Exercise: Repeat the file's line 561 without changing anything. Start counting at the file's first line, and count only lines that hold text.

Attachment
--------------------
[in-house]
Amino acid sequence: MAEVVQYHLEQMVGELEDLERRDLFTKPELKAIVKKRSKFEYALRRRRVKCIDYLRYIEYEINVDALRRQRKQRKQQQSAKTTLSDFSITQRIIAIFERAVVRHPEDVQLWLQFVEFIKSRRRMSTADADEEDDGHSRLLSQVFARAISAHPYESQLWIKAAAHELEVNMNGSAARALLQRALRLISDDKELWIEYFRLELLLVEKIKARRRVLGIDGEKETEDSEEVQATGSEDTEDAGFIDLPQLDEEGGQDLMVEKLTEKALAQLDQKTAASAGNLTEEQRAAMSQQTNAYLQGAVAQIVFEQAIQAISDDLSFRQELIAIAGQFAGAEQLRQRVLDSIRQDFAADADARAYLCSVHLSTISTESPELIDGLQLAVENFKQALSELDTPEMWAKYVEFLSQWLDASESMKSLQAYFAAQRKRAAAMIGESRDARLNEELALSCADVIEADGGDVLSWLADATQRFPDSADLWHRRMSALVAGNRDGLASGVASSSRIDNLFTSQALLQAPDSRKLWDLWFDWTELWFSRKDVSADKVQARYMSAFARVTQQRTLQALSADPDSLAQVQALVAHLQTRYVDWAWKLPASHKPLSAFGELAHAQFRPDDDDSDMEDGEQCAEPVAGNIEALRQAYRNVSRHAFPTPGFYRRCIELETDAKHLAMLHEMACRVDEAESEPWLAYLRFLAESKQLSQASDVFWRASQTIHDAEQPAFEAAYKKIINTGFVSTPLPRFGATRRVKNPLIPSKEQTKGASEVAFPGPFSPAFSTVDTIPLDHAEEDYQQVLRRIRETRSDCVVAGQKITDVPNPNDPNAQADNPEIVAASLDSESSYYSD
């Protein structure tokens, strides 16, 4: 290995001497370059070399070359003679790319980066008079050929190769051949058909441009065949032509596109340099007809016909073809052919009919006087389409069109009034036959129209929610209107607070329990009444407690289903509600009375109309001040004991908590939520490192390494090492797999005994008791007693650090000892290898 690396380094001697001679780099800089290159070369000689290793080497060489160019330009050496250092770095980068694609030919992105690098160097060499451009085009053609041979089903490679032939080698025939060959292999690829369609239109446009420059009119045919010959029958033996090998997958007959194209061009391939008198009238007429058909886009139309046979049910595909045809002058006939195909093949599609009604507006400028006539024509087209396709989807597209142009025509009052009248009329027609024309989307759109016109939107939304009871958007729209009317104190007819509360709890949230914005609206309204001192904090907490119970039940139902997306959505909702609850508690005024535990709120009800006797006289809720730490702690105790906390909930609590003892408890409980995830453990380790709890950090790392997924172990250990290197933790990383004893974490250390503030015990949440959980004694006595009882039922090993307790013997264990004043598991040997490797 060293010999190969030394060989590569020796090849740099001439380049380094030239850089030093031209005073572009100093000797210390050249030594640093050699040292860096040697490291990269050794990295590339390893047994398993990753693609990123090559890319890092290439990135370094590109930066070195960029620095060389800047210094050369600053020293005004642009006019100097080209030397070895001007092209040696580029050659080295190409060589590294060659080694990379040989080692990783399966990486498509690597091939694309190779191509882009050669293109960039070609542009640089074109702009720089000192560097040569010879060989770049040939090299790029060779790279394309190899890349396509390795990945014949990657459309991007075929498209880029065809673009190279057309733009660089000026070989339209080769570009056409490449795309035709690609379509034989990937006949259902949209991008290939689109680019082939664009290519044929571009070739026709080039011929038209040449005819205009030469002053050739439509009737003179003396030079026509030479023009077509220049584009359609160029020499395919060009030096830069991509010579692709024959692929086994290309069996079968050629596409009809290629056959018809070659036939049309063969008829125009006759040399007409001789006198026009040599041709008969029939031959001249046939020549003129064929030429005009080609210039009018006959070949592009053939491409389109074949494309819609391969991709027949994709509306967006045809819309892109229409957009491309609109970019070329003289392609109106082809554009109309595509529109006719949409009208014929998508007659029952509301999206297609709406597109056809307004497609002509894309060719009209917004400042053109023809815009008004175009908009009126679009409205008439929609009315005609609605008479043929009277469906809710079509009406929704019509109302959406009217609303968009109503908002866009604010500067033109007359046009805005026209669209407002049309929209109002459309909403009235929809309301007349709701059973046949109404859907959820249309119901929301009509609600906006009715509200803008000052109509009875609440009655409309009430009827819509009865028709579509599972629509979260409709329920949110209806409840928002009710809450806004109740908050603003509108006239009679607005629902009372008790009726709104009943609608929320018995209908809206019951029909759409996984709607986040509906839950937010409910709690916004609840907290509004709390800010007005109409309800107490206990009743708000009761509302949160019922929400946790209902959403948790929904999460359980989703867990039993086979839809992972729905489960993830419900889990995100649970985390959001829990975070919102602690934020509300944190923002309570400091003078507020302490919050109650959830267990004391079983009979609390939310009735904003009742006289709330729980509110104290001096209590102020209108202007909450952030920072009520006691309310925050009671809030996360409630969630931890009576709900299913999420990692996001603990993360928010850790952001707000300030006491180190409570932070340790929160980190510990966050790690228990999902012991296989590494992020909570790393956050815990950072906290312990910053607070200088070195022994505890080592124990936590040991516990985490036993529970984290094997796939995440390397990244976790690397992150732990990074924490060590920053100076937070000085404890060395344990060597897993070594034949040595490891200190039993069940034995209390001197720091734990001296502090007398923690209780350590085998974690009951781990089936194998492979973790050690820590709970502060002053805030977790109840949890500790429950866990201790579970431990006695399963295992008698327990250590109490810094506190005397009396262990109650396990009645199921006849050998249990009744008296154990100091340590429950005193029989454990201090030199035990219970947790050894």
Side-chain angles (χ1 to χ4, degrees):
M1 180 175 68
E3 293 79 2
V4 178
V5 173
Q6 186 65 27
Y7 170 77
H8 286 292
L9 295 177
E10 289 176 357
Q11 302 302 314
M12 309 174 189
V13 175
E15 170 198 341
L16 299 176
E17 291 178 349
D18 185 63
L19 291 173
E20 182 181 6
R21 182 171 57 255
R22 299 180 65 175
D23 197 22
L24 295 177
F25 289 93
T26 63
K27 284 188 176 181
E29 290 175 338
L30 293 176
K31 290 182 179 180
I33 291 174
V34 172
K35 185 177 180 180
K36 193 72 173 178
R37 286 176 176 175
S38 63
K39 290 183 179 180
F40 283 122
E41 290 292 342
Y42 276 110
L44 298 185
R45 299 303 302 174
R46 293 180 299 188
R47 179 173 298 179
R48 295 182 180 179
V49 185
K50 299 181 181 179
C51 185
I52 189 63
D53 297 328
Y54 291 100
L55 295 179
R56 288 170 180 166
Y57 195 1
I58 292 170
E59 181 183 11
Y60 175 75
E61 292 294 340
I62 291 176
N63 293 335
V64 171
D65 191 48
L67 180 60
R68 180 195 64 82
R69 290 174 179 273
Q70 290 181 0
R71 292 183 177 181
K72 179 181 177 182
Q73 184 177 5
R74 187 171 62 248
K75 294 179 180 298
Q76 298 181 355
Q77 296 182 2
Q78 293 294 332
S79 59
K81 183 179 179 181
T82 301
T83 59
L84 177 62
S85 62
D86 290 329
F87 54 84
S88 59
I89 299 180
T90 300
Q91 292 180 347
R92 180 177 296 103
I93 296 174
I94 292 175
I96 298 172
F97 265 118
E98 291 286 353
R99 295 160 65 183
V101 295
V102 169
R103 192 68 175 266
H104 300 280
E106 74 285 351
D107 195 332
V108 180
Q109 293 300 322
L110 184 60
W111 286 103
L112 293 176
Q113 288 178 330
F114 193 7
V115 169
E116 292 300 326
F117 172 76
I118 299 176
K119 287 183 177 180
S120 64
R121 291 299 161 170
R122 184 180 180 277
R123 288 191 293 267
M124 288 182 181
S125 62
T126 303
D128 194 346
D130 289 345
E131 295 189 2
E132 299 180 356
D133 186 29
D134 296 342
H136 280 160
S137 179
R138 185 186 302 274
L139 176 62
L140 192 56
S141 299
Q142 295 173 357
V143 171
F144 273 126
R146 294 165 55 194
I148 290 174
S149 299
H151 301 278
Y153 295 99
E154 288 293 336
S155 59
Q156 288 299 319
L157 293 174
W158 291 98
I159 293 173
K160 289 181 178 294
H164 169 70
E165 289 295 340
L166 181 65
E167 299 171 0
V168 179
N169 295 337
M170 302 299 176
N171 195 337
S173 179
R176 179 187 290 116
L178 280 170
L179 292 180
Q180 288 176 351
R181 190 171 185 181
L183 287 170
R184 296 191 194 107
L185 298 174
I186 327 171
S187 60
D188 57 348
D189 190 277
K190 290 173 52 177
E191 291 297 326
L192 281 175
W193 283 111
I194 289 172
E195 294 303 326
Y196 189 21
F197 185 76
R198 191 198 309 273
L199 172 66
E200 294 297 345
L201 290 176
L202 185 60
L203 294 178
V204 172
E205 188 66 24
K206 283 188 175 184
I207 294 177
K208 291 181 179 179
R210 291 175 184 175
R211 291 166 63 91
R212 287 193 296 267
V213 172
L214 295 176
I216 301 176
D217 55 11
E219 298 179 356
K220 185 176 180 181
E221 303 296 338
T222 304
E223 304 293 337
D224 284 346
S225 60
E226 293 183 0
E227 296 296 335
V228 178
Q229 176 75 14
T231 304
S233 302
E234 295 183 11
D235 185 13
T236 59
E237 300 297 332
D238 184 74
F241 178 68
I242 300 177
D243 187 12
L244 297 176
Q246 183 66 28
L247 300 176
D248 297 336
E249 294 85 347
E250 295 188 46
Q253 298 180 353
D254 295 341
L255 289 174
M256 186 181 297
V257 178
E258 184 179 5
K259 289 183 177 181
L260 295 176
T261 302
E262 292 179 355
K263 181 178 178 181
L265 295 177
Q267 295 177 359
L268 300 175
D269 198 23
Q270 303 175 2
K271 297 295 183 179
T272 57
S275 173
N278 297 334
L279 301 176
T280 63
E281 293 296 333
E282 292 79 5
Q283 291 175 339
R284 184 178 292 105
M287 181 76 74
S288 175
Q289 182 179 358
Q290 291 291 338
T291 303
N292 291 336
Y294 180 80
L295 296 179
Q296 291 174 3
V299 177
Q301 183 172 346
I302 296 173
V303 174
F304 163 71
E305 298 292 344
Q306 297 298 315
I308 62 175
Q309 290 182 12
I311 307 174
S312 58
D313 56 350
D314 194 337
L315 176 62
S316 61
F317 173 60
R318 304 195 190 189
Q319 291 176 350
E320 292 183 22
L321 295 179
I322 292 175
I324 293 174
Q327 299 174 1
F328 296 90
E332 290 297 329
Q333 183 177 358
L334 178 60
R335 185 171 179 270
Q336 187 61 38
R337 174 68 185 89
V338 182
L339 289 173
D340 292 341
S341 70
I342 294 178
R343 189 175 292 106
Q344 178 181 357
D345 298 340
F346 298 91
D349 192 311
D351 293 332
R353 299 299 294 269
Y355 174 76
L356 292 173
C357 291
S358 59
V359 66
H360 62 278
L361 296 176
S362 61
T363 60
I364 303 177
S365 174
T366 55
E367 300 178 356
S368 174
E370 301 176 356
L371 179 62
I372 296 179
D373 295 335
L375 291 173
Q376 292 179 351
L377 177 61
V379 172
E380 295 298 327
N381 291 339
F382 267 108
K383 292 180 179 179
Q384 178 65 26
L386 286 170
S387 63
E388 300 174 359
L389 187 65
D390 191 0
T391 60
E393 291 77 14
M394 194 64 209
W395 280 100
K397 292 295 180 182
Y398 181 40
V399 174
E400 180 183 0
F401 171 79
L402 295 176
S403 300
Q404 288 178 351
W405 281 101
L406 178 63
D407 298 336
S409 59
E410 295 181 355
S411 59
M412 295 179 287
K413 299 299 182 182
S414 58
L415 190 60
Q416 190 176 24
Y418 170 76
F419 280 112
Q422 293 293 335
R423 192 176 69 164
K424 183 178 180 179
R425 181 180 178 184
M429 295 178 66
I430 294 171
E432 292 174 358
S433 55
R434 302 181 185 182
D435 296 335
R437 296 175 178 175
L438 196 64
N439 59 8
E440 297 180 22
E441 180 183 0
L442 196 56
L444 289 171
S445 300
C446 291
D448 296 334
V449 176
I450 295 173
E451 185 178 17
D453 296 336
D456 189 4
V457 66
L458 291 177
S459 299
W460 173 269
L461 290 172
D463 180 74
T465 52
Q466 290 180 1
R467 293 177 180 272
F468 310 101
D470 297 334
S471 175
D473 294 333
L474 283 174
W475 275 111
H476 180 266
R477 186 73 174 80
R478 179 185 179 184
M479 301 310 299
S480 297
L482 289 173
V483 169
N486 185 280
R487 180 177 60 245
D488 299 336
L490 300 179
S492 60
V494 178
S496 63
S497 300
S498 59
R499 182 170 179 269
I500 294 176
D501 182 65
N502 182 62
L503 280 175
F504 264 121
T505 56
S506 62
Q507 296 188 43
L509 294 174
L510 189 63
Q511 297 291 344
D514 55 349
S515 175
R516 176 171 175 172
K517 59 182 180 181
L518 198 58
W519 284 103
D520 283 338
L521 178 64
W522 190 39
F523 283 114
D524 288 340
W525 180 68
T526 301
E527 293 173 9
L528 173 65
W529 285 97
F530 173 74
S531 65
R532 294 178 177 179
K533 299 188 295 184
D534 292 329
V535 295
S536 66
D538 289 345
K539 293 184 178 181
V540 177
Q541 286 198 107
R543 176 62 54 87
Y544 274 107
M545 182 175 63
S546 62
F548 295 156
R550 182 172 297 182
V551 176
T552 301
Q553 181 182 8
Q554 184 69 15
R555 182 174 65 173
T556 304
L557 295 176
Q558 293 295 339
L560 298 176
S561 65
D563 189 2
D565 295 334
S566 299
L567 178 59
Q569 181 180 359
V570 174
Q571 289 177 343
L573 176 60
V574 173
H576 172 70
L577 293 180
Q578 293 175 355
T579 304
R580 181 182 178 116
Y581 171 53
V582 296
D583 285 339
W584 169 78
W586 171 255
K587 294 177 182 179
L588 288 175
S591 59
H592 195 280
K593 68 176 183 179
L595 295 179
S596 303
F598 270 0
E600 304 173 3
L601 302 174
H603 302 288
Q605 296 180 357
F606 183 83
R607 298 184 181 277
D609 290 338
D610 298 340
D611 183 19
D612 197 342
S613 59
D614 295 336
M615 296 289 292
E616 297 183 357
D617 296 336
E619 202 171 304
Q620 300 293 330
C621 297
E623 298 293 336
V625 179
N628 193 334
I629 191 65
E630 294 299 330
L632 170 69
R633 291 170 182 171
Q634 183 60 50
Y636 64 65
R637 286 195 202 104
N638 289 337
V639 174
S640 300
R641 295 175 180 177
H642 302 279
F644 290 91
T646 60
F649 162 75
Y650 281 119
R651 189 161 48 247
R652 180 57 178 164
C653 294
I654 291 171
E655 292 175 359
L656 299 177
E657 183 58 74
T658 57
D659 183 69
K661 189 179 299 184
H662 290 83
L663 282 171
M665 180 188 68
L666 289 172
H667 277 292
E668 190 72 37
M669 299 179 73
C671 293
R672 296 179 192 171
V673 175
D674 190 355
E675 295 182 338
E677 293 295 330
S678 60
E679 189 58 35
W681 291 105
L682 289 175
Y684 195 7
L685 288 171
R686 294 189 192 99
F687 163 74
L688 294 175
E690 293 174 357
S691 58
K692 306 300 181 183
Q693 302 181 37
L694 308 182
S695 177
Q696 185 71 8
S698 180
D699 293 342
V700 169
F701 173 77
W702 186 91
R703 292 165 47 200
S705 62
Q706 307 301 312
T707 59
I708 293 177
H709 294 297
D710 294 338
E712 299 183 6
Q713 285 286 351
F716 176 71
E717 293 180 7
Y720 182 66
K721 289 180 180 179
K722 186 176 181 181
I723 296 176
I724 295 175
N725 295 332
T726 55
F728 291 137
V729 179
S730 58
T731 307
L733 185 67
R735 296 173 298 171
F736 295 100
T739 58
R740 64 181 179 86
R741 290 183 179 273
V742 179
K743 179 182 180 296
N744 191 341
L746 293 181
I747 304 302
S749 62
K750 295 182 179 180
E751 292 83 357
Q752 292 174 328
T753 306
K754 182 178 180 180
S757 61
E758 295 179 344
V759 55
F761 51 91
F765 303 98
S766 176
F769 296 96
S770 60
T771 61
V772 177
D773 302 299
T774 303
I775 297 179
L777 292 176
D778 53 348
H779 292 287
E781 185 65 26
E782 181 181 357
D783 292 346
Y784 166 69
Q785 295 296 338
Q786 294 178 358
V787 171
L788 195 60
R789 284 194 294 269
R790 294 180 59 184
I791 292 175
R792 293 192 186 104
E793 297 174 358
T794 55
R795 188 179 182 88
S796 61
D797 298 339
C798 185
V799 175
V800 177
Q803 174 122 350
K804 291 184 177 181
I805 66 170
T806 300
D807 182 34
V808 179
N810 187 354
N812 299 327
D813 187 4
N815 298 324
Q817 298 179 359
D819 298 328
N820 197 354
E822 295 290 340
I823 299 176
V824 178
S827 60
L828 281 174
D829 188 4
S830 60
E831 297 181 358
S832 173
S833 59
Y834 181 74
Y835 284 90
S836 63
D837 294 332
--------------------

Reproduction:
F687 163 74